MATERIALS AND METHODS
Chemicals and reagents
STZ, quercetin and folin–Ciocalteu reagent were purchased from Sigma-Aldrich Co (Germany). D-glucose was purchased from Farco Chemicals, while glibenclamide was obtained from Promopharm (Morocco). Gallic acid and aluminium chloride were purchased from VWR chemicals. All other chemicals and reagents used in this study were analytical grade.
The aerial parts of Thymus satureioides were collected in April 2015 in the region of Agadir Ida-Outanane (Latitude: 30 °37', Longitude: 9 °22', Altitude: 760 m), South-west of Morocco. The plant material was taxonomically identified and authenticated, and a voucher specimen (specimen number MA-FSTF 15) was deposited in the herbarium of the Department of Biology, Faculty of Sciences and Techniques, Fez, Morocco.
Preparation of aqueous extract
The aerial parts of Thymus satureioides were washed well with water; air dried at room temperature and then reduced to a coarse powder using an electric grinder. The aqueous extract was prepared by infusion according to the traditional method used in Morocco . The powder (40 g) was dissolved in 400 ml of boiling distilled water, and the mixture was homogenized for 60 min. The extract was then filtered through whatman filter paper and concentrated under vacuum at 50 °C using a rotary evaporator. The extract was kept in a sterile sample tube, under refrigerated conditions, until use for pharmacological investigations.
Determination of total phenol contents
Total phenolic contents in the aqueous extract were determined using the folin–ciocalteu reagent assay . An aliquot (500 µl) of the extract (5 mg/ml) or standard solution was mixed with 2.5 ml of folin–ciocalteu reagent 10% (v/v). Thereafter, 2 ml of 7.5% Na2CO3 solution was added to the mixture followed by incubation at 45 °C for 15 min. The absorbance against a blank was measured at 765 nm. Gallic acid was used to prepare a standard curve (0.05–0.25 mg/ml; y = 0.009x+0.042;r2 = 0.995, where y is the absorbance and x is the standard concentration). The results were expressed as mg of gallic acid equivalents (GAE)/g of extract. Experiments were conducted in triplicate.
Determination of flavonoid content
The flavonoid content in the extract was measured by the aluminum chloride colorimetric method . An aliquot (500 µl) of the extract (5 mg/ml) or standard solution of quercetin was mixed respectively with 1.5 ml of methanol and 100 µl of 10% AlCl3 solution. After 5 min, 0.5 ml of 1M NaOH solution and 2.5 ml of dH2O were added to the mixture. The solution was well mixed, and the absorbance against blank was determined at 451 nm. Quercetin was used for standard curve construction (0.05–0.3 mg/ml; y = 0.007x+0.104;r2 = 0.995). The results were expressed as mg quercetin equivalents (QE)/g of extract.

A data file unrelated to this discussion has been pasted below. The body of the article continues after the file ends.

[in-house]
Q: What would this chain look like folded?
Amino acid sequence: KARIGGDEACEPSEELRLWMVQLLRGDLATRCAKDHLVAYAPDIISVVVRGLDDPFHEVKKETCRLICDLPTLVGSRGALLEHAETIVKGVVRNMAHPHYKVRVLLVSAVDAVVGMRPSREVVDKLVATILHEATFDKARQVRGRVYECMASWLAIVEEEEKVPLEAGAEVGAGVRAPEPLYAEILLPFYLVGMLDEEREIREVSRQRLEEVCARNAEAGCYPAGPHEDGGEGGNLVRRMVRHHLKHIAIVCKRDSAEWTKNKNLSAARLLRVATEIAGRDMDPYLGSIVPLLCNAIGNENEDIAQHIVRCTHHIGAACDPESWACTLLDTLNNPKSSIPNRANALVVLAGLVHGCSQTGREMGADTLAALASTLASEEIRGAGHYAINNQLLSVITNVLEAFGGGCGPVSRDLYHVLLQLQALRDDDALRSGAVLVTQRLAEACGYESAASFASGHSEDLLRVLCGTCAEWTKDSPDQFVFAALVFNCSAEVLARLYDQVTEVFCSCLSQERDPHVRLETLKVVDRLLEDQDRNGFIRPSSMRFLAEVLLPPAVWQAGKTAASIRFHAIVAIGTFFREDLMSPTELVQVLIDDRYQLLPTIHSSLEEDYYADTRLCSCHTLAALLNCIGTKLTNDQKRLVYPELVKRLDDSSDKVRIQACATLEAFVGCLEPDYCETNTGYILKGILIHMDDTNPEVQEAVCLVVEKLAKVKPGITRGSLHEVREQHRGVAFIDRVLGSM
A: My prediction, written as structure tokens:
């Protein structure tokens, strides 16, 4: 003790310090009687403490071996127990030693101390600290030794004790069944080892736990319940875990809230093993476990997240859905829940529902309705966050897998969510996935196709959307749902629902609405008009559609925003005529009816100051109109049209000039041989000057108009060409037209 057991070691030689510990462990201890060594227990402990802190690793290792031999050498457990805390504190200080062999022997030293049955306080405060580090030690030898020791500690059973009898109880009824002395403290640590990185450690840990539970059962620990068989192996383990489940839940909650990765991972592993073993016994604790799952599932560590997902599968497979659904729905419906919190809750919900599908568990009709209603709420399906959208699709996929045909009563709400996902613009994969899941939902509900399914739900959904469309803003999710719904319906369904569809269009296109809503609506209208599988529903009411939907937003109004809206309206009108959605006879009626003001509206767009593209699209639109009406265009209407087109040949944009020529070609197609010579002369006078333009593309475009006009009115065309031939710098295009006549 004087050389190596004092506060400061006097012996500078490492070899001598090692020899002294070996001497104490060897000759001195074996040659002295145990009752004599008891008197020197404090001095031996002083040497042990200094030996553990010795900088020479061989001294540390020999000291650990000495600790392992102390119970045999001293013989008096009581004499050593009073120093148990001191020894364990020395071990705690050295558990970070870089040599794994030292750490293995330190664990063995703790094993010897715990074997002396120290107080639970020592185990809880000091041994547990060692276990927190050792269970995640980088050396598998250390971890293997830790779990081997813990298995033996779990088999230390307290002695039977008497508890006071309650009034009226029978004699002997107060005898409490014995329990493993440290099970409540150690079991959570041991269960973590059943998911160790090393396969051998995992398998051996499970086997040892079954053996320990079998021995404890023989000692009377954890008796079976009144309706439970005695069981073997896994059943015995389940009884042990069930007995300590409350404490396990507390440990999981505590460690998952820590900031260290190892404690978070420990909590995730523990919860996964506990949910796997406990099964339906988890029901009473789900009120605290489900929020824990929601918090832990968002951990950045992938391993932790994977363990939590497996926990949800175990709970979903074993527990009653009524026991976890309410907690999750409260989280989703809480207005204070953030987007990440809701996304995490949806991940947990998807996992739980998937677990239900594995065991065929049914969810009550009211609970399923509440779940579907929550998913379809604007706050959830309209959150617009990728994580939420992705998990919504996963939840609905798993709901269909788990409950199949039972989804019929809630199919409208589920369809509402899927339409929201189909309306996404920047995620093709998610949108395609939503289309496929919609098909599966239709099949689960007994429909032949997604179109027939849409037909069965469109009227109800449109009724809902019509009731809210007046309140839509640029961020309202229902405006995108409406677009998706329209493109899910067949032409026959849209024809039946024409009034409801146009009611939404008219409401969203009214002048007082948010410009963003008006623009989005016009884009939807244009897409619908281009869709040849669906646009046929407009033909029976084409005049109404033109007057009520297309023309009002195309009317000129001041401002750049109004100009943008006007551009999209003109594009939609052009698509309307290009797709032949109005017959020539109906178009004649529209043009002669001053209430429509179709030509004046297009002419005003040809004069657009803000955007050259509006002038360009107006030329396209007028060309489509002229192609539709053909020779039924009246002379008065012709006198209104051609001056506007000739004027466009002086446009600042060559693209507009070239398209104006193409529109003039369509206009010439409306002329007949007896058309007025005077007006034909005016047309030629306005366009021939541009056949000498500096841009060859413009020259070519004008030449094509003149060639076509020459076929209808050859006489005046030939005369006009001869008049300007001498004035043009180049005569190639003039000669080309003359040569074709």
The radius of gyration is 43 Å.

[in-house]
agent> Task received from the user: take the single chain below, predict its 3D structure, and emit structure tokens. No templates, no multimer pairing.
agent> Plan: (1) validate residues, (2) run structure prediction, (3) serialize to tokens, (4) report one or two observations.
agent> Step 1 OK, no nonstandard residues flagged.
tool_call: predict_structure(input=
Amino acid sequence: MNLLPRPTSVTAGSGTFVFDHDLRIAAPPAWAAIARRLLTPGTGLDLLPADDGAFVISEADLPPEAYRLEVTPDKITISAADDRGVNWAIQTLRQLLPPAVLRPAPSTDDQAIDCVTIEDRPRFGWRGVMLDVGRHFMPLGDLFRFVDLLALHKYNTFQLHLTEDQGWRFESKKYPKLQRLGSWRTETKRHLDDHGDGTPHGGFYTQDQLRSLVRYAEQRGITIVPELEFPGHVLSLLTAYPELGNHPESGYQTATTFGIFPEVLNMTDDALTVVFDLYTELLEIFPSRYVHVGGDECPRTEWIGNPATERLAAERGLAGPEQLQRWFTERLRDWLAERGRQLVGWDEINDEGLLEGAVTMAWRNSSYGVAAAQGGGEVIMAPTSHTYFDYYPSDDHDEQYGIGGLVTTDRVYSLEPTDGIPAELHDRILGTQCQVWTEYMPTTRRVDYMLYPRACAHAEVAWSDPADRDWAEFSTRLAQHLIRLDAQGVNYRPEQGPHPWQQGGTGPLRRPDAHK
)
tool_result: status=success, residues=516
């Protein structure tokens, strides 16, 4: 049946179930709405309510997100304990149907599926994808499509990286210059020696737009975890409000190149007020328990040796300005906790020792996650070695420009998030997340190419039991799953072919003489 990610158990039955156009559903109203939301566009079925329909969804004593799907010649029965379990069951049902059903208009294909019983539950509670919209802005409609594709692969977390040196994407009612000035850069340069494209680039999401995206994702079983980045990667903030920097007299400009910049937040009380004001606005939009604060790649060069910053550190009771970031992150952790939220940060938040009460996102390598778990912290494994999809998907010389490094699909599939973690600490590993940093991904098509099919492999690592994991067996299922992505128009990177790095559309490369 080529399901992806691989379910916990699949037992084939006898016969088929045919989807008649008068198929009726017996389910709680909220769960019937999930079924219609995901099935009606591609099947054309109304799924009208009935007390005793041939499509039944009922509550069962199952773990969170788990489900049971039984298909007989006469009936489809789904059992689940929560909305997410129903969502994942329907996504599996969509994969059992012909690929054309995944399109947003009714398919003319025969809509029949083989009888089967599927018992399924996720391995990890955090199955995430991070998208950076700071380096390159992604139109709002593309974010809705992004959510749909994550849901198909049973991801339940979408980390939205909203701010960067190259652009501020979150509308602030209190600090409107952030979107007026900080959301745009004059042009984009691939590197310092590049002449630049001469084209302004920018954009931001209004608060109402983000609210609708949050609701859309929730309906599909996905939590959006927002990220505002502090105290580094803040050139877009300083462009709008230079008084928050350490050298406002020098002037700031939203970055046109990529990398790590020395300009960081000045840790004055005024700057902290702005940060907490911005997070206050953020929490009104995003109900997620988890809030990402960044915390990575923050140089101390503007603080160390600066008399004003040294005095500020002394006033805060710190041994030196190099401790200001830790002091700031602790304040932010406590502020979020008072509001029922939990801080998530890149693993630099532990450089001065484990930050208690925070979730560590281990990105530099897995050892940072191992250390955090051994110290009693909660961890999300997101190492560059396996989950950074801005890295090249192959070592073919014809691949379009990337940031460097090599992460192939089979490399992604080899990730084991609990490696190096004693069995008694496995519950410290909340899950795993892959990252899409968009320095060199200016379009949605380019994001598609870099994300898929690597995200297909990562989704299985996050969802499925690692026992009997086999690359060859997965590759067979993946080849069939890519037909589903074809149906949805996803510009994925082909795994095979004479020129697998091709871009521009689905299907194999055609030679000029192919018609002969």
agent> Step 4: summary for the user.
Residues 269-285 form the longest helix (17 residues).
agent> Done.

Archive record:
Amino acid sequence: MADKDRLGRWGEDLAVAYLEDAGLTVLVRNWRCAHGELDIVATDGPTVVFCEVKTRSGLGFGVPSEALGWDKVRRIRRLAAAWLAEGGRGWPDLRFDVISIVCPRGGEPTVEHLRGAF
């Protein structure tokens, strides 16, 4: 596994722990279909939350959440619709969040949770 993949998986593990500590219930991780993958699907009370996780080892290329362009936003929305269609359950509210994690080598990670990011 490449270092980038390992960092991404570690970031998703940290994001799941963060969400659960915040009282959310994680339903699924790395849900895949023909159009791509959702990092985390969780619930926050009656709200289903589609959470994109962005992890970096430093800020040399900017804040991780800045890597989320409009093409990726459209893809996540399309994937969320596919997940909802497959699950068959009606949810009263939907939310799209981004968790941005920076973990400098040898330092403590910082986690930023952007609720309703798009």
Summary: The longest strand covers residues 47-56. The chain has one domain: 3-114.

Wistar rats of either sex weighing 180–230 g were used in this study. They were obtained from the animal facility of the Biology Department (Faculty of Sciences and techniques, Fes, Morocco). The animals were housed in appropriate cages and had free access to water and laboratory rodent chow. Experiments procedures were carried out in accordance with the international guidelines for the care and use of laboratory animals . All animal procedures were approved by the Institutional Ethical Committee of Sidi Mohamed Ben Abdellah University, Morocco.
Aqueous leaf extract of Thymus satureioides in 500 mg/kg doses was administered to the rats orally. All animals were observed for 24 h after treatment.
Evaluation of antidiabetic activity
Induction of experimental diabetes
Experimental diabetes was induced in overnight fasted rats by an intraperitoneal injection of 45 mg/kg body weight of streptozotocin (STZ). STZ was dissolved in freshly prepared citrate buffer (0.1 mol/l, pH 4.5). Fasting blood glucose was measured in rats 72 h after the injection. Rats with fasting blood glucose level>200 mg/dl were considered diabetic and included in the study .
The experimental rats were randomly divided into four groups of six rats each:
Group I: normal control rats, treated with distilled water.
Group II: diabetic control rats, treated with distilled water.
Group III: diabetic rats treated with Thymus satureioides aqueous extract (TS Aq Ext 500 mg/kg b.w.).
Group IV: diabetic rats treated with glibenclamide (2 mg/kg b.w.)
The selection of the effective dose (0.5 g/kg/day of b.w.) of Thymus satureioides aqueous extract was based on a prior preliminary short-term study. The plant extract and the drug glibenclamide were given in aqueous solution daily by intragastric gavage for 28 consecutive days. Body weight was recorded weekly. The fasting blood glucose (FGB) was measured on days 1, 7, 14, 21 and 28 of the treatment to evaluate the antidiabetic activity of the extract. Rats fasted for 12 h and the blood from tail vein was collected for FGB estimation using a glucometer (On Call plus®) in which its measurement principle is based on glucose oxydase method.
The oral glucose tolerance test (OGTT)
On the 28th day of treatment, the 12-h fasted animals were subjected to an oral glucose tolerance test. Fasting glycemia was measured and indicating zero time of the test. After this procedure, animals received their treatment orally and after a 60-minute interval, all groups received an oral load of glucose (2 g/kg b.w.). The blood sample was obtained by tail vein puncture at 30, 60, 90, and 120 min after glucose administration and blood glucose level (BGL) was determined at these time intervals using the On Call® Plus blood glucose monitoring system and compatible blood glucose test strips. Curves of BGL (mg/dl) versus the time intervals (min) were constructed, and total glycemic responses were calculated from respective areas under the curve (AUC) during the 120 min of the observation period.